QRISK2 (2010) - the key issue is ethnicity and extent of reallocation

Julia Hippisley-Cox, Professor,

Other Contributors:

December 21, 2010

In their recent paper[1], the authors describe the performance of ASSIGN and Framingham algorithms in comparison to the original QRISK equations.

Readers may be interested that the QRISK2 algorithm was published in February 2009[2] and made available as free open source software in April 20103. This can be found at http://svn.clinrisk.co.uk/opensource/qrisk2/. The open source is intended to further increase the reliable and widespread implementation of QRISK2 into clinical practice.

There are substantial differences between the original QRISK[4] and QRISK2[5] algorithms which includes additional predictor variables together with their associated significant age interactions:

- Self assigned ethnicity - rheumatoid arthritis - chronic renal disease - atrial fibrillation.

All of these are independent predictors and improve risk estimates in individual patients. Both QRISK and QRISK2 have been independently validated on an external cohort[6,7]. The results for QRISK2 showed an improvement compared with the original QRISK equation[4,5].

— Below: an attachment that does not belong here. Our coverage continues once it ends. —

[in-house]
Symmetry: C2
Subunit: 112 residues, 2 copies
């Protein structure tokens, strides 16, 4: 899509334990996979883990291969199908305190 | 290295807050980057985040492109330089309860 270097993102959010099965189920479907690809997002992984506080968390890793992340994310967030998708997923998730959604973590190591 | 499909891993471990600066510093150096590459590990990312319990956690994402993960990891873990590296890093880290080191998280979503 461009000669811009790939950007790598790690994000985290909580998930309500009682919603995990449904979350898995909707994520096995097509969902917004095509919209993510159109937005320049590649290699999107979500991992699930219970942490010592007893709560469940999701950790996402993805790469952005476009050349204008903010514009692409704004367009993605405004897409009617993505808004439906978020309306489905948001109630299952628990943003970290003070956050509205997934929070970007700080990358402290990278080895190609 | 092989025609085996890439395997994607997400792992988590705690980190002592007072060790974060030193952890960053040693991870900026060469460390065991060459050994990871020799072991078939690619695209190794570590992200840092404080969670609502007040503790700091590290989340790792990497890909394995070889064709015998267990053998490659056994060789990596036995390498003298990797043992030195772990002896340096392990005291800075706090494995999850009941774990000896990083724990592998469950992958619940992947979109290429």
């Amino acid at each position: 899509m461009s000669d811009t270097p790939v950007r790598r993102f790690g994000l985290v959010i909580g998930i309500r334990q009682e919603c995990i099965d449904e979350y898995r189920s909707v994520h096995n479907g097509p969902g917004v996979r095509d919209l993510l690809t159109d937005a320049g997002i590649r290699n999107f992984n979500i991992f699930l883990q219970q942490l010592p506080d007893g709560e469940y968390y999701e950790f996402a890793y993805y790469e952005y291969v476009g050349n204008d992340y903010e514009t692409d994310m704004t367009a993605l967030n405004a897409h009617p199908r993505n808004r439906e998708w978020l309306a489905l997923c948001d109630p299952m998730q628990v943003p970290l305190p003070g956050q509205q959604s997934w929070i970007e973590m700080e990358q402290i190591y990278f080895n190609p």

We disagree with the conclusion that "using any of the models for initial systematic assessment of high or lower CVD risk would result in the majority of men and women to which the models apply getting very similar assessment and hence prioritisation for further investigation of treatment". The key issue is the extent of reallocation. Allocation is critically dependent on the CVD risk score used and its performance in contemporaneous, ethnically diverse UK populations. The fact that ASSIGN, like Framingham, is associated with 20% or more overestimation in men results from a dependence on historical cohorts from the 1980's when the vascular epidemic was near its height. Vascular mortality has halved in succeeding decades and the incorrect allocation of individuals to high risk categories will increase using ASSIGN and Framingham.